Article thumbnail

NGO field workers in Pakistan

By Muhammad Haroon SIDDIQUE


NGOs came into the society in their present form after World War II and more precisely in 1960s. Before that also different forms of philanthropy existed. Like elsewhere in the world, in Pakistan also state and the market were the two sectors catering for different needs of the people. When foreign funding started coming into the poor countries, the channel of NGOs was considered more appropriate including the fact they had roots in the society and the benefit could reach the far flung areas. NGO field workers are the real actors in the NGOs’ activities but sadly the NGOs those raise the slogans of working for the destitute do not bother to facilitate the NGO field workers. Eventually the NGO field workers are facing problems of job insecurity, poor salary structure, unhealthy working environment and even harassment especially in case of women NGO field workers in Pakistan.Non-Governmental Organizations (NGOs), NGO field workers, wage level and structure, working conditions

OAI identifier:

To submit an update or takedown request for this paper, please submit an Update/Correction/Removal Request.

Suggested articles


  1. (2003). A quand l Afrique? Entretien avec Rene Holenstein, La Tour d Aigues: Editions de l Aube.
  2. (2007). Alleviation Program
  3. (1998). Angels of Mercy or Development Diplomats? NGOs and Foreign Aid,
  4. (2007). archived
  5. (2007). Can We Measure Civil Society? A Proposed
  6. (2008). Community Oriented Low-Income Housing – ‘Khuda-Ki-Basti’, Kala Shah Kaku, Lahore – A Step Forward,
  7. (2005). Corporate Social Responsibility – The Failing Discipline and Why it Matters for International Relations,
  8. (2008). Developing Critical Thinking in
  9. (1996). Do No Harm: Supporting Local Capacities for Peace Through Aid,
  10. (2005). Does Foreign Aid Reduce Poverty? Empirical Evidence from Non-Governmental and Bilateral Aid, International Monetary Fund,
  11. (2008). Governing Capital? Corporate Social Responsibility and the Limits of Regulation,
  12. (2008). Hope Not Complacency:
  13. (1996). Identidady accion de las Organizaciones No-Gubernamentales’, Revista de Gestion Publica y Privada,
  14. (2003). INGOs and Primary Health Care in Mozambique: The Need for a New Model of Collaboration,
  15. (1998). Inside NGOs – Learning to Manage Conflicts Between Headquarters and Field Offices,
  16. (2008). International Volunteering for Development and Sustainability: Outdated Paternalism or a Radical Response to Globalization? Development in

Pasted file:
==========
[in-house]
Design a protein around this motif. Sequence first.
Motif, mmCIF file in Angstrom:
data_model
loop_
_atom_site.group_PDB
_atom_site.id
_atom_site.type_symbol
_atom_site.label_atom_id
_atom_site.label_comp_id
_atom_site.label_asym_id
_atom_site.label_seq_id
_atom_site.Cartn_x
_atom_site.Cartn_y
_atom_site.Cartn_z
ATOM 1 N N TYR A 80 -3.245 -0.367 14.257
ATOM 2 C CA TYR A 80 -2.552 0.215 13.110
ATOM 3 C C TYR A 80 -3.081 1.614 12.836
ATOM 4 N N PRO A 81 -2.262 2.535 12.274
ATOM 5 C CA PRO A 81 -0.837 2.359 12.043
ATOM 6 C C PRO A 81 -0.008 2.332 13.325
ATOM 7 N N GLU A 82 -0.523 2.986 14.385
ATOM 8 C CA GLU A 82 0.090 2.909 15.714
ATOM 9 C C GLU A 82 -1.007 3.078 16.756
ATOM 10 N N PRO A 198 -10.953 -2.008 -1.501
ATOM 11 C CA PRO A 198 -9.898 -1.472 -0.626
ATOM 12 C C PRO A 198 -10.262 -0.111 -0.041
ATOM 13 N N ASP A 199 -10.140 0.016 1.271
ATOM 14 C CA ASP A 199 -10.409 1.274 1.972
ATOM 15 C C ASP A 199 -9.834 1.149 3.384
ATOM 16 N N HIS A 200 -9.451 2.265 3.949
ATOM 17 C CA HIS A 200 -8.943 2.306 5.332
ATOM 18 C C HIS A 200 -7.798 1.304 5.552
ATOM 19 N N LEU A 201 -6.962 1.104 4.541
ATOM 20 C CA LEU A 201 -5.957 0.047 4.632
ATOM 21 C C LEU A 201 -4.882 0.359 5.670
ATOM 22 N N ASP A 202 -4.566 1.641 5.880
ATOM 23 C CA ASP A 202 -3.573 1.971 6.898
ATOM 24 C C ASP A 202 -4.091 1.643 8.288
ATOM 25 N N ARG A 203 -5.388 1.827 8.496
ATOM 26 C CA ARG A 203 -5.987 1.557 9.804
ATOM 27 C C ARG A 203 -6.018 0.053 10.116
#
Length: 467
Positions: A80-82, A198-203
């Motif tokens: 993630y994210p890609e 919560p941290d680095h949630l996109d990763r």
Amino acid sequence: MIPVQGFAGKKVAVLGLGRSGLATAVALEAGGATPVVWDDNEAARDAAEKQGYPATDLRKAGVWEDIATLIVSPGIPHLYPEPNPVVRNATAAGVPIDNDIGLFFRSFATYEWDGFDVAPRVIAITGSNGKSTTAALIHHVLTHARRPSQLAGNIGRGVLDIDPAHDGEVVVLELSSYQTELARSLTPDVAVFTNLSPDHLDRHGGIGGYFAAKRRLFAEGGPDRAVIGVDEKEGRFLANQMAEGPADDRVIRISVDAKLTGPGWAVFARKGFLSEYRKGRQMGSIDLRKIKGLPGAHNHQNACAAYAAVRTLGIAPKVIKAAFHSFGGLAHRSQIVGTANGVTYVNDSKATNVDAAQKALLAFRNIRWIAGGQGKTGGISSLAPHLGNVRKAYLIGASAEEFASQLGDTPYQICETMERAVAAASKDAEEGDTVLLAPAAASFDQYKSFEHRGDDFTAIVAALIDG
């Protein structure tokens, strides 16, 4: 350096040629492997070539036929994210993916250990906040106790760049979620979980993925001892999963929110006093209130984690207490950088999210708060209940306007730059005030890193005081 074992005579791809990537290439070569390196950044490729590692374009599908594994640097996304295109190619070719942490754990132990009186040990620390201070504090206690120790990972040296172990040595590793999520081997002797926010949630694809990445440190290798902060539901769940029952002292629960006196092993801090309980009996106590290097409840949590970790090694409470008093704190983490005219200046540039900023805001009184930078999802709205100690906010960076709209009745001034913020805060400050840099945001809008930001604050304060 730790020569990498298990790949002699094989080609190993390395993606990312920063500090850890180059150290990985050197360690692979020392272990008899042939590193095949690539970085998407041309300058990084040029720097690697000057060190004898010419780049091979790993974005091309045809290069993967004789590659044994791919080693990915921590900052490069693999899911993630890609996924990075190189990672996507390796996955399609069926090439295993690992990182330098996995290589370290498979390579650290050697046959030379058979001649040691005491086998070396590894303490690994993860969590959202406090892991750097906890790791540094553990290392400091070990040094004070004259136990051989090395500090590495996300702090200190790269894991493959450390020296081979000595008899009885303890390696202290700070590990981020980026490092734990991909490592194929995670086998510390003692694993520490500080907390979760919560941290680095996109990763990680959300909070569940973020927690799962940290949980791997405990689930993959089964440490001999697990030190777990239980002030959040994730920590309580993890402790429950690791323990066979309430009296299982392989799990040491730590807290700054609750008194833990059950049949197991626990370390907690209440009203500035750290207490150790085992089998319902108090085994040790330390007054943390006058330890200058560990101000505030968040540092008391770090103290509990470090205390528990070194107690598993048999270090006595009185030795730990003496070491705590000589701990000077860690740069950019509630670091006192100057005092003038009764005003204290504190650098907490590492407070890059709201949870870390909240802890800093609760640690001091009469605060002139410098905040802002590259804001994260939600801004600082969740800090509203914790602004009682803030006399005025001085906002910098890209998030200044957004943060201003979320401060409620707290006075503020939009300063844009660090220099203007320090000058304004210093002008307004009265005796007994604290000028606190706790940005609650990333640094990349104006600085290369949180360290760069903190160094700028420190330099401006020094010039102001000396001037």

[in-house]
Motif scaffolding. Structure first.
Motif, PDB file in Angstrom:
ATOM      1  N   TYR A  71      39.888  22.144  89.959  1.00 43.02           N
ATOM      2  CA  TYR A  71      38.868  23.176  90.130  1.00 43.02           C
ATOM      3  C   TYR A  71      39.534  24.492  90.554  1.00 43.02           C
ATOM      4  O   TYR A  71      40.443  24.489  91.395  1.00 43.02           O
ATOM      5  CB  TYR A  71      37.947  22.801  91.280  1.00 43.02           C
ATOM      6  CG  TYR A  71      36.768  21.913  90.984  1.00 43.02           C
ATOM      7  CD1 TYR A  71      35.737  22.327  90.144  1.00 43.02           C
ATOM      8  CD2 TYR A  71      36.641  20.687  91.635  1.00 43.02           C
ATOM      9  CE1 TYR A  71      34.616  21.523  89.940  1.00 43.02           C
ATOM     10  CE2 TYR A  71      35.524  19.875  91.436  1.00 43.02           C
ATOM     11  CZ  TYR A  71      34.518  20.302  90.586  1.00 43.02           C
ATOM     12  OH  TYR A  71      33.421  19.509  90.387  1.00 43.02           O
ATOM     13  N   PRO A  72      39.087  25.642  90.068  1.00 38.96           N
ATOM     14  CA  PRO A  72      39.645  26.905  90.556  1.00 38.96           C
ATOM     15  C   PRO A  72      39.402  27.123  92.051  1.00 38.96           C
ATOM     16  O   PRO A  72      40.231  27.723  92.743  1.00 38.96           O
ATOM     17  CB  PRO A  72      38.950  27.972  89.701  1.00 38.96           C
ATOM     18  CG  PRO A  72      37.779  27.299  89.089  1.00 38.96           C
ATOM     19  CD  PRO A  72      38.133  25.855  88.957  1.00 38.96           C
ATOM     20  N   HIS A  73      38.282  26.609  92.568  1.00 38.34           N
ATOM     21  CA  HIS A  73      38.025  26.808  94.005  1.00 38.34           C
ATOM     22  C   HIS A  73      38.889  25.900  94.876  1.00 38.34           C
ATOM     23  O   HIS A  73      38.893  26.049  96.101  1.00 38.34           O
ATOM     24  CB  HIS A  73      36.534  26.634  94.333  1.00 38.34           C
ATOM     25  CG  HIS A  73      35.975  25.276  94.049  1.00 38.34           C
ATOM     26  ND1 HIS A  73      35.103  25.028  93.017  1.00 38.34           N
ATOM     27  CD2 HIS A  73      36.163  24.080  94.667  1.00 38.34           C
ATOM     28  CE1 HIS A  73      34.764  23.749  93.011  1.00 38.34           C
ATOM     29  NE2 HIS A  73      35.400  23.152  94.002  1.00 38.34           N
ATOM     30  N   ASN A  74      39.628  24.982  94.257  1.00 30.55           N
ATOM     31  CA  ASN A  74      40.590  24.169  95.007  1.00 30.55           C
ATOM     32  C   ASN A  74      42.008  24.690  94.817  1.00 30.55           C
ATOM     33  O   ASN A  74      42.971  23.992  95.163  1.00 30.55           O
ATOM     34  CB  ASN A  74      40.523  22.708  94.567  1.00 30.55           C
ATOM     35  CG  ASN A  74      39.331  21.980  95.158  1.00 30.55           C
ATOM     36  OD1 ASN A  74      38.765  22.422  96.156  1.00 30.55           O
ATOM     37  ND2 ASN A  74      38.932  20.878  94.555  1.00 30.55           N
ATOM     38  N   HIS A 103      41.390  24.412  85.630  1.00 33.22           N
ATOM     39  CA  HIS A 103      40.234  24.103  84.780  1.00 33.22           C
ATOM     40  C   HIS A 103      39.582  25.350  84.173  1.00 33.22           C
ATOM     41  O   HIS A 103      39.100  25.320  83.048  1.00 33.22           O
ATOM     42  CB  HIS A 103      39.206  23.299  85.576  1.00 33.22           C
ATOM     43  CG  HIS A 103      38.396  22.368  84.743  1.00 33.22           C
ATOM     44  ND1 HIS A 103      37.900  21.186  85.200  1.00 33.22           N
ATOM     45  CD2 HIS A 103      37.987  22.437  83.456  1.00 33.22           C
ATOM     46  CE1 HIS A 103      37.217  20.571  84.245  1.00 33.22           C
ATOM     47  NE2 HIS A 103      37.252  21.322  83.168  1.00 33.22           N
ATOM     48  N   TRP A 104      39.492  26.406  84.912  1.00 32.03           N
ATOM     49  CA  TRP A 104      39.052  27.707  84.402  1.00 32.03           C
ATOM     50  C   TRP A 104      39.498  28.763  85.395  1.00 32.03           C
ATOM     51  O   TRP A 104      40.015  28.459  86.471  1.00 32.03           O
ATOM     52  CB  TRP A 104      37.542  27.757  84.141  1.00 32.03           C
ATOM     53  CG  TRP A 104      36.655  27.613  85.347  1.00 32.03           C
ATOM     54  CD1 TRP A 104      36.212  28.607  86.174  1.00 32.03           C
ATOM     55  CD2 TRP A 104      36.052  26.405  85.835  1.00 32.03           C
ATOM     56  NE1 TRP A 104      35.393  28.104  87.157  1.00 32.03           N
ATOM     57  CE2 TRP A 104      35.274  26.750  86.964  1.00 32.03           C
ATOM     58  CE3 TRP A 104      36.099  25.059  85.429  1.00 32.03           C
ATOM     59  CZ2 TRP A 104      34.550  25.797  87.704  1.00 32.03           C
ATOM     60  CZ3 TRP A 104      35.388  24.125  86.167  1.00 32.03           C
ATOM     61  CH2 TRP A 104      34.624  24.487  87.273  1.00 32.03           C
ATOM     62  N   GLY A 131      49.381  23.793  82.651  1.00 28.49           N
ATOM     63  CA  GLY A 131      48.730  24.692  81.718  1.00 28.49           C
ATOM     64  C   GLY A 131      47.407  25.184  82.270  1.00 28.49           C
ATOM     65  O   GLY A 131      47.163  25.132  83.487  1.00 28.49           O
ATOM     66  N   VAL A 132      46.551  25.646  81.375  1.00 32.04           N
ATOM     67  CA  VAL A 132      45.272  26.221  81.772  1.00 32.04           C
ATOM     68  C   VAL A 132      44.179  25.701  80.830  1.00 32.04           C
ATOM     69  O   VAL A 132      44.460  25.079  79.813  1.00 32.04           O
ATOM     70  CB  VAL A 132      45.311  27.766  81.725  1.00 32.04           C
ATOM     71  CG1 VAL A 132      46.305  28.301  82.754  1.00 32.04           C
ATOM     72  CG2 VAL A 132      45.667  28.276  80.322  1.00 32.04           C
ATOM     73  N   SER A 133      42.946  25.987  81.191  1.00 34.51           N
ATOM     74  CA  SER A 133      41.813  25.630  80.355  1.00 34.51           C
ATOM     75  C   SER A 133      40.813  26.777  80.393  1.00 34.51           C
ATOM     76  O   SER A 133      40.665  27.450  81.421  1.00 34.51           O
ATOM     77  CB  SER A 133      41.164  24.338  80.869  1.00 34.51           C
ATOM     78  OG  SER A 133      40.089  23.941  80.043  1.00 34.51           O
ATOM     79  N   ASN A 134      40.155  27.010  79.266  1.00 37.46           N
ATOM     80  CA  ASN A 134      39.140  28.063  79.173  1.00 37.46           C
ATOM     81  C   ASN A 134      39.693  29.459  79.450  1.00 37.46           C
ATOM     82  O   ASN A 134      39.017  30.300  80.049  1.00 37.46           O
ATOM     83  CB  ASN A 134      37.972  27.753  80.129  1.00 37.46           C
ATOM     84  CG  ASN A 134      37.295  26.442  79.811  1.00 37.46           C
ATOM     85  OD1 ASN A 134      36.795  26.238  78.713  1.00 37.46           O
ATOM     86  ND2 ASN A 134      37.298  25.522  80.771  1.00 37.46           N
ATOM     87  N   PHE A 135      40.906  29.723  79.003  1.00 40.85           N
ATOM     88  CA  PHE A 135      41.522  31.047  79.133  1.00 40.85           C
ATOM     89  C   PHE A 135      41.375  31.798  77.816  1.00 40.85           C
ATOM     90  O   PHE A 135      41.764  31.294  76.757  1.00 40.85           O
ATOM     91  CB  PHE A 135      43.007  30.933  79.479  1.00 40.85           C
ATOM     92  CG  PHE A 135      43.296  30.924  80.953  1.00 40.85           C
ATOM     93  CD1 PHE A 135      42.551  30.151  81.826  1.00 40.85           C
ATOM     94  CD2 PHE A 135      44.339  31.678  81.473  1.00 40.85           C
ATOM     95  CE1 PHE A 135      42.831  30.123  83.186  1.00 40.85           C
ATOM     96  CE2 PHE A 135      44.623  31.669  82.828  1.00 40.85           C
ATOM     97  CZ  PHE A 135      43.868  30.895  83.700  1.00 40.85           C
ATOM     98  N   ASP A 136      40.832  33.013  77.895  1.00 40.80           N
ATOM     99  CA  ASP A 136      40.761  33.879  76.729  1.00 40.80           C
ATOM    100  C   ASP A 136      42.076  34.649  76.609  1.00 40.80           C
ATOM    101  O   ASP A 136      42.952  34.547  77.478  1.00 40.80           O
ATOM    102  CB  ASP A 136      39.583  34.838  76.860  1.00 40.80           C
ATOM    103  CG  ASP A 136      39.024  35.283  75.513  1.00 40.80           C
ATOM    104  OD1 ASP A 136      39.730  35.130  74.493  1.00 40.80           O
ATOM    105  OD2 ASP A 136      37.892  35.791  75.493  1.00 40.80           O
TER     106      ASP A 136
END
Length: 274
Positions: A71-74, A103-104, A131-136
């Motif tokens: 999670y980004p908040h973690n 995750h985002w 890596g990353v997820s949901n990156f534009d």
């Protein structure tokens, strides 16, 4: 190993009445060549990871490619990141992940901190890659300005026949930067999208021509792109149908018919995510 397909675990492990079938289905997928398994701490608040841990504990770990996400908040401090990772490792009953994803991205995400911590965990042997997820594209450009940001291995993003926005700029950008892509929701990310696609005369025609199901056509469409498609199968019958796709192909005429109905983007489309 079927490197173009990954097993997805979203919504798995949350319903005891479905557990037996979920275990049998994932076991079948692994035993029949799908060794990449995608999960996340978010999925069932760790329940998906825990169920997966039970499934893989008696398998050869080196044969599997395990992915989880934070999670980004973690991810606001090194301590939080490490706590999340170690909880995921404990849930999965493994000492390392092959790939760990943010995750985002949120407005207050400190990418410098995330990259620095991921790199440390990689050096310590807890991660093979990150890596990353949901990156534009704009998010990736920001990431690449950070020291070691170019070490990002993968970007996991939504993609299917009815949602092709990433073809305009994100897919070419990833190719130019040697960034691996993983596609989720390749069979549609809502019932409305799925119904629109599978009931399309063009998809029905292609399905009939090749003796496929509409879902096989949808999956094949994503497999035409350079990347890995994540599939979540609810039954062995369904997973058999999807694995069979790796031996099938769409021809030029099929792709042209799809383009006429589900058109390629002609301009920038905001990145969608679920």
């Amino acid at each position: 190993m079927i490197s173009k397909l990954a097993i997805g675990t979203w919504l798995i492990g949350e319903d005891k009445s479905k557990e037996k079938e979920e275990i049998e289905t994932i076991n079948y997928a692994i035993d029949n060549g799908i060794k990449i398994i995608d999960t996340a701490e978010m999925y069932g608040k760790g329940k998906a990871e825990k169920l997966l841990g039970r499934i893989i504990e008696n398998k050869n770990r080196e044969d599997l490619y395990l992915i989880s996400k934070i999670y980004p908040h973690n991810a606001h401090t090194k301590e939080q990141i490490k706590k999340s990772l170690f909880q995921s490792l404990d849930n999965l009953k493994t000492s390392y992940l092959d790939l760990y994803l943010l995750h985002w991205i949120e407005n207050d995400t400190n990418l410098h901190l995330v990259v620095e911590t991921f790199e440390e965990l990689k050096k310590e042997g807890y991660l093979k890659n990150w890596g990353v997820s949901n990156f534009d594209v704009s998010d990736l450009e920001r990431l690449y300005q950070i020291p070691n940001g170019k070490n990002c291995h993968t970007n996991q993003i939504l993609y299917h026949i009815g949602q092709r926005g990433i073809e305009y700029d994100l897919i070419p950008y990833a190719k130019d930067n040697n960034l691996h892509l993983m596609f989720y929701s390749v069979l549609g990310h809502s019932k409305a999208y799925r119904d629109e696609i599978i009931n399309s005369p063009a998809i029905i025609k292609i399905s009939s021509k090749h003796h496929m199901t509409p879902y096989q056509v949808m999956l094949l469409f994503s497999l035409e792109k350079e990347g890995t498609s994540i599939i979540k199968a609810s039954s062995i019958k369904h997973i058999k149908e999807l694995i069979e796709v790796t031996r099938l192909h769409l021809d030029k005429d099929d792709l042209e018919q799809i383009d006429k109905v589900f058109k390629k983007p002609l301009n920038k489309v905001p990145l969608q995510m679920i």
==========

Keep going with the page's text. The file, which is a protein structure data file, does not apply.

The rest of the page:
17. (2002). NGO Field Workers in Bangladesh,
  18. (2006). NGOs in International Politics,
  19. (2006). NGOs on the Chopping Block, Islamabad,
  20. (2007). NGOs, Corporate Social Responsibility, and ocial Accountability: Inditex vs.
  21. (2007). NGOs, Corporate Social Responsibility, and Social Accountability: Inditex vs.
  22. (1997). Poverty Alleviation in
  23. (2008). Poverty Alleviation in Slums and Squatter Settlements of Pakistan,
  24. (2008). Private Voluntary Organizations Engaged
  25. (2007). Reconceptualizing NGOs and their Roles
  26. (1948). Social Background of Indian Nationalism,
  27. (1995). Social Development: The Developmental Perspective in Social Welfare,
  28. (1997). Striking a Balance: A Guide to Enhancing the Effectiveness of NonGovernmental Organizations,
  29. (1994). Sustainable Rural Development, Islamabad, National Book Foundation.
  30. (2006). The Aid Chain: Coercion and Commitment in Development NGOs,
  31. (2009). The MDG Challenges of NGOs (Non-Governmental Organizations),
  32. (2008). The New Colonialists, Foreign Policy,
  33. (1998). The politics of NGOs in South-East Asia,
  34. (2003). The Real World of NGOs: Discourses, Diversity and Development,
  35. (2008). The Rise and Fall of Donor Funding for Advocacy NGOs: Understanding the Impact,
  36. (1994). The Rise of the Nonprofit Sector, Foreign Affairs,
  37. (1996). The World Bank’s Partnership with Nongovernmental Organizations,
  38. (2008). Thinking About Change for Development Practice: A Case
  39. (2008). What Is the Role of NGOs in MDGs question/detail/3856/ - archived
  40. (2008). Whatever happened to Reciprocity? Implications of Donor Emphasis on ‘Voice’ and ‘Impact’ as Rationales for Working with NGOs in Development, in Can NGOs Make a Difference? The Challenge of Development Alternatives by
  41. (1995). Working with NGOs - A Practical Guide to Operational Collaboration Between The World Bank and The NGOs. Washington DC: Operations Policy Department/The World Bank World Bank